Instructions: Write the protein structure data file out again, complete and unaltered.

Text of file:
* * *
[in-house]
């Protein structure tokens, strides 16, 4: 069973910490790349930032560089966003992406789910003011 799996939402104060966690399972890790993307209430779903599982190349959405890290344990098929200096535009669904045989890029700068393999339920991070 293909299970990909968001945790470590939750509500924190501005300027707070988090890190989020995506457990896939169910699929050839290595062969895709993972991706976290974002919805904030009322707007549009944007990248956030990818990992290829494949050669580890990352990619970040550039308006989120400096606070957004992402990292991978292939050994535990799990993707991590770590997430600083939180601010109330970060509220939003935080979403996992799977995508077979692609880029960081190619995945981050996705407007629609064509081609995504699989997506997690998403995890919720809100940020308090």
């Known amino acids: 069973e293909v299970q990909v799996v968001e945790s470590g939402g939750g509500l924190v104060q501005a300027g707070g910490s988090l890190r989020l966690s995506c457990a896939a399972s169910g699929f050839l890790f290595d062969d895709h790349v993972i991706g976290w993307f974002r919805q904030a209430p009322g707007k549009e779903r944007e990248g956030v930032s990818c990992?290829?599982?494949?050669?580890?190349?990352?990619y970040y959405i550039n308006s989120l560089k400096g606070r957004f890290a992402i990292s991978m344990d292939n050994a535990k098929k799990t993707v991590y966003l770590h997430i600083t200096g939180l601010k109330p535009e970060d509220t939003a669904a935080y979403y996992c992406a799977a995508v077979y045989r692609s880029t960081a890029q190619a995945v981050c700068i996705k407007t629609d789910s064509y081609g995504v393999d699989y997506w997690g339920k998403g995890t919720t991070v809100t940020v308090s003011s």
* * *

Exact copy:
[in-house]
């Protein structure tokens, strides 16, 4: 069973910490790349930032560089966003992406789910003011 799996939402104060966690399972890790993307209430779903599982190349959405890290344990098929200096535009669904045989890029700068393999339920991070 293909299970990909968001945790470590939750509500924190501005300027707070988090890190989020995506457990896939169910699929050839290595062969895709993972991706976290974002919805904030009322707007549009944007990248956030990818990992290829494949050669580890990352990619970040550039308006989120400096606070957004992402990292991978292939050994535990799990993707991590770590997430600083939180601010109330970060509220939003935080979403996992799977995508077979692609880029960081190619995945981050996705407007629609064509081609995504699989997506997690998403995890919720809100940020308090």
């Known amino acids: 069973e293909v299970q990909v799996v968001e945790s470590g939402g939750g509500l924190v104060q501005a300027g707070g910490s988090l890190r989020l966690s995506c457990a896939a399972s169910g699929f050839l890790f290595d062969d895709h790349v993972i991706g976290w993307f974002r919805q904030a209430p009322g707007k549009e779903r944007e990248g956030v930032s990818c990992?290829?599982?494949?050669?580890?190349?990352?990619y970040y959405i550039n308006s989120l560089k400096g606070r957004f890290a992402i990292s991978m344990d292939n050994a535990k098929k799990t993707v991590y966003l770590h997430i600083t200096g939180l601010k109330p535009e970060d509220t939003a669904a935080y979403y996992c992406a799977a995508v077979y045989r692609s880029t960081a890029q190619a995945v981050c700068i996705k407007t629609d789910s064509y081609g995504v393999d699989y997506w997690g339920k998403g995890t919720t991070v809100t940020v308090s003011s």